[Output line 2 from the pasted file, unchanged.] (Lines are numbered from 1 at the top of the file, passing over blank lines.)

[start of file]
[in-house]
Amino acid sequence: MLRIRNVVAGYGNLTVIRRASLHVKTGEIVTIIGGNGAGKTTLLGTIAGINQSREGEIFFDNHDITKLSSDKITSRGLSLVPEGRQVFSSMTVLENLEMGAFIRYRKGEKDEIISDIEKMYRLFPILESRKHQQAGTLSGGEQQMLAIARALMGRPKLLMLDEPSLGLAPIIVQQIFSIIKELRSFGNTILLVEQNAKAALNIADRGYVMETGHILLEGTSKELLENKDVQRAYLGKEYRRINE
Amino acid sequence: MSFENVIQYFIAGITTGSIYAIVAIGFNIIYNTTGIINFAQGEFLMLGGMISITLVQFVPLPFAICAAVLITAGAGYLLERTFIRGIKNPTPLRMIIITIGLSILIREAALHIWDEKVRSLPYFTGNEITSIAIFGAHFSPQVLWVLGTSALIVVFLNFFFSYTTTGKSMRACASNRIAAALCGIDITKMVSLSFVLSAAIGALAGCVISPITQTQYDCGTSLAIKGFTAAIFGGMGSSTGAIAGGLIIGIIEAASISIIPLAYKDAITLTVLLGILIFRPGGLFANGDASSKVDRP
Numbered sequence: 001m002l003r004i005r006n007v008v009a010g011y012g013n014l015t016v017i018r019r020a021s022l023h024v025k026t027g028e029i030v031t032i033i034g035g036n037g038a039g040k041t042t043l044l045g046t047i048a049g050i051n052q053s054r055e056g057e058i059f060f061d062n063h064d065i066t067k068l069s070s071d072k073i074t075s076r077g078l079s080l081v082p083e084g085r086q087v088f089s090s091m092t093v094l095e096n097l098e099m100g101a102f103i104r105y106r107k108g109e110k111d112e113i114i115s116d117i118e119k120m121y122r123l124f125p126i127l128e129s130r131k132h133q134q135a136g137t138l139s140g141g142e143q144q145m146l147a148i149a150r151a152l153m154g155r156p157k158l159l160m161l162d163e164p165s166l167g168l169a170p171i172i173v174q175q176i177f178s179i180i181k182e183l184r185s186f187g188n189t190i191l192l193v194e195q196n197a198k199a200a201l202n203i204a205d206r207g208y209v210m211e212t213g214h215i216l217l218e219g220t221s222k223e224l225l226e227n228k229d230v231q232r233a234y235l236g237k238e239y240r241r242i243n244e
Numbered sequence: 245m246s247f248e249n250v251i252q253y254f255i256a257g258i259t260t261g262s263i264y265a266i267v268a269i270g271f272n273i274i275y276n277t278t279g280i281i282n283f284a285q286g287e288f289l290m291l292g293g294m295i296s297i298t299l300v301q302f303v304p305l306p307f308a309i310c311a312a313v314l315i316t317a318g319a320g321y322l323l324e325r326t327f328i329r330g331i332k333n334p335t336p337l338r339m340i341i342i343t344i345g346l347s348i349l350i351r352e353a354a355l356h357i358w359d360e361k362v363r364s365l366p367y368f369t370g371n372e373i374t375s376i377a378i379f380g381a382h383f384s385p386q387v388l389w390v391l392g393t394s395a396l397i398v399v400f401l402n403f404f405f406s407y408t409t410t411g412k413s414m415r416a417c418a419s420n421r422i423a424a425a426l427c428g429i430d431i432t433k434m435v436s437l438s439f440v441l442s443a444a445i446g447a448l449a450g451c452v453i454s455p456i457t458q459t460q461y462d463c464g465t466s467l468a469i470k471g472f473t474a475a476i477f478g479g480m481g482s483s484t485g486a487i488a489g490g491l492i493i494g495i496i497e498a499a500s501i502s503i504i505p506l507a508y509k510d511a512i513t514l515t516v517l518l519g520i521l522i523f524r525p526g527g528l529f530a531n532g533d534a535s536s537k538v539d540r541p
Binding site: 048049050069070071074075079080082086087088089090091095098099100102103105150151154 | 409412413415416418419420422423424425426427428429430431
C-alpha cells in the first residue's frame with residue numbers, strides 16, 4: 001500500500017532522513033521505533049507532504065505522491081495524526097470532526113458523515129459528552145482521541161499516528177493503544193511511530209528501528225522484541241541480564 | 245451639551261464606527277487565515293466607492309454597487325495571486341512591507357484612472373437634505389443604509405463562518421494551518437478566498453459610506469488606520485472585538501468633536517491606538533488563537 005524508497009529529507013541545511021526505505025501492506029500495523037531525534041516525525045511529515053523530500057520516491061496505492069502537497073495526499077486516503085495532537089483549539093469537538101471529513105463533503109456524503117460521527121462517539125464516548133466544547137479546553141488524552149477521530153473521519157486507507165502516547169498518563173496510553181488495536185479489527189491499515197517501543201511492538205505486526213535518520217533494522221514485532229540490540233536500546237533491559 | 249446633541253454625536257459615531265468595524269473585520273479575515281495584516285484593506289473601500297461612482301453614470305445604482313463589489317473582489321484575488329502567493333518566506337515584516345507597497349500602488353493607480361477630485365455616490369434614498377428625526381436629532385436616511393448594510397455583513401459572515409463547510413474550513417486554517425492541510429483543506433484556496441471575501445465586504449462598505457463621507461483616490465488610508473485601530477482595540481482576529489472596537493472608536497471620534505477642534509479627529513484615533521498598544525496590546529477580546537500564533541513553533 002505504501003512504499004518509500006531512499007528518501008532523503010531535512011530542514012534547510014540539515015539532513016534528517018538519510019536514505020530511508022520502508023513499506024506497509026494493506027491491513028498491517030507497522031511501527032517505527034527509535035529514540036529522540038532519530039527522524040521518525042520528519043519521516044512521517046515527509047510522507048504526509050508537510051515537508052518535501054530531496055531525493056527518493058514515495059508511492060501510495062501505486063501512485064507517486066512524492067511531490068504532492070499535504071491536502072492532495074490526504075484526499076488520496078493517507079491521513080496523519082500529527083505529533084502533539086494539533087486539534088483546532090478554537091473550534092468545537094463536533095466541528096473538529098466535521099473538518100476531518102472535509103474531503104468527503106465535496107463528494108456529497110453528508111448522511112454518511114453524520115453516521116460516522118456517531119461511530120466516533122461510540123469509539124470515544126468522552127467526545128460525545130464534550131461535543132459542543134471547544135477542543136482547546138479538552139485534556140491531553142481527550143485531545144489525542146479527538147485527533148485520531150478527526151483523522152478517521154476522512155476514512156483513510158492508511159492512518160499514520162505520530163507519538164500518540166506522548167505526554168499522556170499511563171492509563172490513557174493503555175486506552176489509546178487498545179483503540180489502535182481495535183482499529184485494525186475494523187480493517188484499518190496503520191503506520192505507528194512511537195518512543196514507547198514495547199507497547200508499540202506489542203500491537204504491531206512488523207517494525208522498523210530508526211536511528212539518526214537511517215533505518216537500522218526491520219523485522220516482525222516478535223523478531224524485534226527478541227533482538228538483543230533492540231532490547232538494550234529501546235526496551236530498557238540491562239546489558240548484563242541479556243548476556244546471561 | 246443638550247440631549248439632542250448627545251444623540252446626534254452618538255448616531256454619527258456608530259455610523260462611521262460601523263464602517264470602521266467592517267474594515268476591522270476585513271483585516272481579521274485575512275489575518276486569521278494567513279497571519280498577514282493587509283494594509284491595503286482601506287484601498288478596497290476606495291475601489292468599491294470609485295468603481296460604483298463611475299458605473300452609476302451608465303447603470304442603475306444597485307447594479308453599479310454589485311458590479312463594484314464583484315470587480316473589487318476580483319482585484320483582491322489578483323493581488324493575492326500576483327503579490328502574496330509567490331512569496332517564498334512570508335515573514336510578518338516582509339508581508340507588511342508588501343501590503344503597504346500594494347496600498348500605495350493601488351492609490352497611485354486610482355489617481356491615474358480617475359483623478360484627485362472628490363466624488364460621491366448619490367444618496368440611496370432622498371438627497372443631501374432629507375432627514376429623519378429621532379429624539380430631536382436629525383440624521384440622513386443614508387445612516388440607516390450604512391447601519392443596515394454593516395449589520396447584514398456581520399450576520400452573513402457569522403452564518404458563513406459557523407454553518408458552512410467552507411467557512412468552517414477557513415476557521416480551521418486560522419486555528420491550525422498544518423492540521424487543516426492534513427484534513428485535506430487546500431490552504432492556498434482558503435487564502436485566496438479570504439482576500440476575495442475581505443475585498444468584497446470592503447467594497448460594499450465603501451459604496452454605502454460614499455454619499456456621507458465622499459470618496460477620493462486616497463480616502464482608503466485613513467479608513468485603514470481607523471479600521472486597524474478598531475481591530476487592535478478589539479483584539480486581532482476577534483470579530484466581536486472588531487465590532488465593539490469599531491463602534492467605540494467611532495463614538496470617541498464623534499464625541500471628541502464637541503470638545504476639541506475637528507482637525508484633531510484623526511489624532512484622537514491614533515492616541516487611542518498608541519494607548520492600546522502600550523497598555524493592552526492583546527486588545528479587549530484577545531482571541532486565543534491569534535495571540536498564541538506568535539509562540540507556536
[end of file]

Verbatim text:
Amino acid sequence: MLRIRNVVAGYGNLTVIRRASLHVKTGEIVTIIGGNGAGKTTLLGTIAGINQSREGEIFFDNHDITKLSSDKITSRGLSLVPEGRQVFSSMTVLENLEMGAFIRYRKGEKDEIISDIEKMYRLFPILESRKHQQAGTLSGGEQQMLAIARALMGRPKLLMLDEPSLGLAPIIVQQIFSIIKELRSFGNTILLVEQNAKAALNIADRGYVMETGHILLEGTSKELLENKDVQRAYLGKEYRRINE